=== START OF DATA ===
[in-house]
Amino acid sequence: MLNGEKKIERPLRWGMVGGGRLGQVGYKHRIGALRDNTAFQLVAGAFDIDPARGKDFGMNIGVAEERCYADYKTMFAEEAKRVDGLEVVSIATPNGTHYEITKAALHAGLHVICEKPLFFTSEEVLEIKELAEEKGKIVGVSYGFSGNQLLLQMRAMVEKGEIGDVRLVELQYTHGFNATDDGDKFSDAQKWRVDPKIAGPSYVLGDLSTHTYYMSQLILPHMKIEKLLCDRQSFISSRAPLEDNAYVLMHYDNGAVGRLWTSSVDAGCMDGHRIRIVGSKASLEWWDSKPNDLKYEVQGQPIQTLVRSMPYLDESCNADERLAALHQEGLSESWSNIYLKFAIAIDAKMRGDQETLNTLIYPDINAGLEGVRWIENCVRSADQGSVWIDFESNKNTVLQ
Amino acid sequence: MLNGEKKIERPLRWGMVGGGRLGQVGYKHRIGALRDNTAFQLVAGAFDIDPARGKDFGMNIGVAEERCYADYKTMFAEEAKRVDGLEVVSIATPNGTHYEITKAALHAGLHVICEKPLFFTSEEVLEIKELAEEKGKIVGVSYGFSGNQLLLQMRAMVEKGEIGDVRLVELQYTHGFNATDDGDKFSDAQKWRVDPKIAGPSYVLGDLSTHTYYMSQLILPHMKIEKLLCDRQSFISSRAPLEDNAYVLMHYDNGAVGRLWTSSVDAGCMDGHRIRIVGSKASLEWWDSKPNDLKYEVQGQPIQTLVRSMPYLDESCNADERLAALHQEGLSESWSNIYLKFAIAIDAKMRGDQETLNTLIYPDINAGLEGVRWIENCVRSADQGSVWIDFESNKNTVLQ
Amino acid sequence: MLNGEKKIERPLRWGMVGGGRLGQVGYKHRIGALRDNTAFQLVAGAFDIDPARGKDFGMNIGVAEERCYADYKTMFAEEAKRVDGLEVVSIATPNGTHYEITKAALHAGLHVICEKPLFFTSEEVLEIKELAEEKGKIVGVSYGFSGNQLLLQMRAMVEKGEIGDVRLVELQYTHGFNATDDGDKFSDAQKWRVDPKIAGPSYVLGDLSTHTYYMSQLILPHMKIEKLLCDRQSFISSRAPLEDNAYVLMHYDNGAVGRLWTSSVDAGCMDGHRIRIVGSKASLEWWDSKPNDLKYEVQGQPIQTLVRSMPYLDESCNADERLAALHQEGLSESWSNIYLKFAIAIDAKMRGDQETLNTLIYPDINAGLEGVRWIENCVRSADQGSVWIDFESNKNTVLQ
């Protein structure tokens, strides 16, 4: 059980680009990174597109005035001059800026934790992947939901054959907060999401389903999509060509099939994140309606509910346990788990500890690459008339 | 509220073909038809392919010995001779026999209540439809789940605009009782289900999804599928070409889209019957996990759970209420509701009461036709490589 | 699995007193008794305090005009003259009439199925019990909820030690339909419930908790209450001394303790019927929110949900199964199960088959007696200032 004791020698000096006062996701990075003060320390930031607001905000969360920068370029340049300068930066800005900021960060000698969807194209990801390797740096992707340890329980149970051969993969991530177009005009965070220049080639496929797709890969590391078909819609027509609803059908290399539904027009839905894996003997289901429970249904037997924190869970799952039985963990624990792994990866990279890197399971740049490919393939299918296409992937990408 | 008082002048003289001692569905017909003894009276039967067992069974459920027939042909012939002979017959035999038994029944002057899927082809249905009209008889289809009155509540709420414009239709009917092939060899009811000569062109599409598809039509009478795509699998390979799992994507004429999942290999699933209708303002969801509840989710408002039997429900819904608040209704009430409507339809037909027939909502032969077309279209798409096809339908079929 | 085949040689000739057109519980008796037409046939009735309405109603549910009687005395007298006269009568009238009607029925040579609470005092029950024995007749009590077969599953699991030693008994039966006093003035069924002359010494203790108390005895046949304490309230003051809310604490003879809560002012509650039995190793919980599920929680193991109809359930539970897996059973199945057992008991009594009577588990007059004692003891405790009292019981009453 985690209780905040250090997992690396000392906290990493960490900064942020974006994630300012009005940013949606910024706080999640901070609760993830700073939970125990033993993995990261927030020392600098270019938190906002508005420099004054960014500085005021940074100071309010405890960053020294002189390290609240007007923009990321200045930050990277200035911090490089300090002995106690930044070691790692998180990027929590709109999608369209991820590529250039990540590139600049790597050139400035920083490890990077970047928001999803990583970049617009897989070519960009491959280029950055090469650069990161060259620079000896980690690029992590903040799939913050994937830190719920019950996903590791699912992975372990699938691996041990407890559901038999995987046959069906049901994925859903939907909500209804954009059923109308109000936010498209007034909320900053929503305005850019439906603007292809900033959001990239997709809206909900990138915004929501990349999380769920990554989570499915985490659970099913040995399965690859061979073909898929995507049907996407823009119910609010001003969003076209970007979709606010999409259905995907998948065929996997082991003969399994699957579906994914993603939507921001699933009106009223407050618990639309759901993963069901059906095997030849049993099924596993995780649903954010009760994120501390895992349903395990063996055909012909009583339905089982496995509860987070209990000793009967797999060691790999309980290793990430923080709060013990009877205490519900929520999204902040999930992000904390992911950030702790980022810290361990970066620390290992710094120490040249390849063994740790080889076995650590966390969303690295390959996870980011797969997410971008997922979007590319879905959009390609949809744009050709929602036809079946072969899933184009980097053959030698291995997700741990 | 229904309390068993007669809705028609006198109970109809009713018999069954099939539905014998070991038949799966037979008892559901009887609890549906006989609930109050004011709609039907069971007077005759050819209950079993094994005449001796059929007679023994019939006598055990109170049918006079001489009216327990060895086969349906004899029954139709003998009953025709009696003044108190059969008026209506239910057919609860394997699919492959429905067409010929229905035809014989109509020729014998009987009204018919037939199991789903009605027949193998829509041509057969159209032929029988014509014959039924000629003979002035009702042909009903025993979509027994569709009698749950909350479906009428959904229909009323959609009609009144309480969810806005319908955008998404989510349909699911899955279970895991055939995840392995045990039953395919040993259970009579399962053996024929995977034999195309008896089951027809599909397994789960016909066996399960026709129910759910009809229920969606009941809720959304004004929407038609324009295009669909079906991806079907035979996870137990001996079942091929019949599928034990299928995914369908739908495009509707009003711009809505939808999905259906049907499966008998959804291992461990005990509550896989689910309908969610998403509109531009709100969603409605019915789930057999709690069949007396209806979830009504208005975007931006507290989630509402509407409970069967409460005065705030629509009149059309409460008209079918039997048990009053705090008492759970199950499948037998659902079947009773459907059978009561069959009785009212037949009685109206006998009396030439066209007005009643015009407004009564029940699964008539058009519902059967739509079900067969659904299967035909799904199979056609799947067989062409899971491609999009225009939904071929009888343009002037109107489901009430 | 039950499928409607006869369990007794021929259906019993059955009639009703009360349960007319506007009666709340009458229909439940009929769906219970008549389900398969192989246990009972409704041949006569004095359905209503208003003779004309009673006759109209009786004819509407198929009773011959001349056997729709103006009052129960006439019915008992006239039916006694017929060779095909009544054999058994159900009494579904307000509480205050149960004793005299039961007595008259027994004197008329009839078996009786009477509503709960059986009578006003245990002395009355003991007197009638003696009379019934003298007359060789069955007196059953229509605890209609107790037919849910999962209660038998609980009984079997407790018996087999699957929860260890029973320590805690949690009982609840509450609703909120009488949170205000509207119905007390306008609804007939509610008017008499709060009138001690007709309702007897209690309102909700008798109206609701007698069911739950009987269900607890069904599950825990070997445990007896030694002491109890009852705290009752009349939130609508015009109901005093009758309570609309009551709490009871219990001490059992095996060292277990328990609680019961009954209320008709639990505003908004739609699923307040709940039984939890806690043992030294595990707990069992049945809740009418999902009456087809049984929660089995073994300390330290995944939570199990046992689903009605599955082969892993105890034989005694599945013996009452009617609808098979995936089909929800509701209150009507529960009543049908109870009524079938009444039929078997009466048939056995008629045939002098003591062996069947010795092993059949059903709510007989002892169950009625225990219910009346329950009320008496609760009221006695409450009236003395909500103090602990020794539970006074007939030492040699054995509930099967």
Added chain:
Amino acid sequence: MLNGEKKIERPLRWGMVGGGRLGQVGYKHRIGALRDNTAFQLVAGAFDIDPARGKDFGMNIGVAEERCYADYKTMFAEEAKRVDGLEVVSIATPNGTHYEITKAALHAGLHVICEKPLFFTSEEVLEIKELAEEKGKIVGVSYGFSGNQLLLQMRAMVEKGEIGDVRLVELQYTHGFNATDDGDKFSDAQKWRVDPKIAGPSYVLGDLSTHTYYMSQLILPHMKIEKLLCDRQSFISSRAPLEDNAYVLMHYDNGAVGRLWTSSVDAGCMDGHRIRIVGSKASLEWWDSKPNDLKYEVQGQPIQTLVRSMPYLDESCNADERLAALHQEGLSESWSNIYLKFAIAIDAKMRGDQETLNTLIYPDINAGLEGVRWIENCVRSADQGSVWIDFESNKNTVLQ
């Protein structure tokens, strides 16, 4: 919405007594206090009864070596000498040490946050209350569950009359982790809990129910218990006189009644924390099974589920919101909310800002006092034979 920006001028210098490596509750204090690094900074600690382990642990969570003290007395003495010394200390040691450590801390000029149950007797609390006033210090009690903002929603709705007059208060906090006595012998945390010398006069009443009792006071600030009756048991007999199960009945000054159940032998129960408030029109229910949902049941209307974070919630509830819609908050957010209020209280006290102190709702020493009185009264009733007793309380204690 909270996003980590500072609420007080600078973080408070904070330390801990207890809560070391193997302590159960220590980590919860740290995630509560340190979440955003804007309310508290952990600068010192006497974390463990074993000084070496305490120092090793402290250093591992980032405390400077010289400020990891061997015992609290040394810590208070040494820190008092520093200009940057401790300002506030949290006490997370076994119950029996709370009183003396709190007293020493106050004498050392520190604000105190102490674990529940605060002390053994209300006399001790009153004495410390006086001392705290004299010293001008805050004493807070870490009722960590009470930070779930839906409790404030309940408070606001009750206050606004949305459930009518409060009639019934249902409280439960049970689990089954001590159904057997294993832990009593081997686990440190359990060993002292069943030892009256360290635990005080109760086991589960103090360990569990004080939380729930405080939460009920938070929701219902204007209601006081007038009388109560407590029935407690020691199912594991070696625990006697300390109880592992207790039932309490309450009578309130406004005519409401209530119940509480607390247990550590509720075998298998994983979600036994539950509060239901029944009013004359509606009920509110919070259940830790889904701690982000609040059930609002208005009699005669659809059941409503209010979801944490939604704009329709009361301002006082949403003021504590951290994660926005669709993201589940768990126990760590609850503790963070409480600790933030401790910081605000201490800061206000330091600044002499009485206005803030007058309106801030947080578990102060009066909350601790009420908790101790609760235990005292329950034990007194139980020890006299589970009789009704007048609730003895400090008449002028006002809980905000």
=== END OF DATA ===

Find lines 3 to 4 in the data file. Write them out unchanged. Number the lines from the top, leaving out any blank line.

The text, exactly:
Amino acid sequence: MLNGEKKIERPLRWGMVGGGRLGQVGYKHRIGALRDNTAFQLVAGAFDIDPARGKDFGMNIGVAEERCYADYKTMFAEEAKRVDGLEVVSIATPNGTHYEITKAALHAGLHVICEKPLFFTSEEVLEIKELAEEKGKIVGVSYGFSGNQLLLQMRAMVEKGEIGDVRLVELQYTHGFNATDDGDKFSDAQKWRVDPKIAGPSYVLGDLSTHTYYMSQLILPHMKIEKLLCDRQSFISSRAPLEDNAYVLMHYDNGAVGRLWTSSVDAGCMDGHRIRIVGSKASLEWWDSKPNDLKYEVQGQPIQTLVRSMPYLDESCNADERLAALHQEGLSESWSNIYLKFAIAIDAKMRGDQETLNTLIYPDINAGLEGVRWIENCVRSADQGSVWIDFESNKNTVLQ
Amino acid sequence: MLNGEKKIERPLRWGMVGGGRLGQVGYKHRIGALRDNTAFQLVAGAFDIDPARGKDFGMNIGVAEERCYADYKTMFAEEAKRVDGLEVVSIATPNGTHYEITKAALHAGLHVICEKPLFFTSEEVLEIKELAEEKGKIVGVSYGFSGNQLLLQMRAMVEKGEIGDVRLVELQYTHGFNATDDGDKFSDAQKWRVDPKIAGPSYVLGDLSTHTYYMSQLILPHMKIEKLLCDRQSFISSRAPLEDNAYVLMHYDNGAVGRLWTSSVDAGCMDGHRIRIVGSKASLEWWDSKPNDLKYEVQGQPIQTLVRSMPYLDESCNADERLAALHQEGLSESWSNIYLKFAIAIDAKMRGDQETLNTLIYPDINAGLEGVRWIENCVRSADQGSVWIDFESNKNTVLQ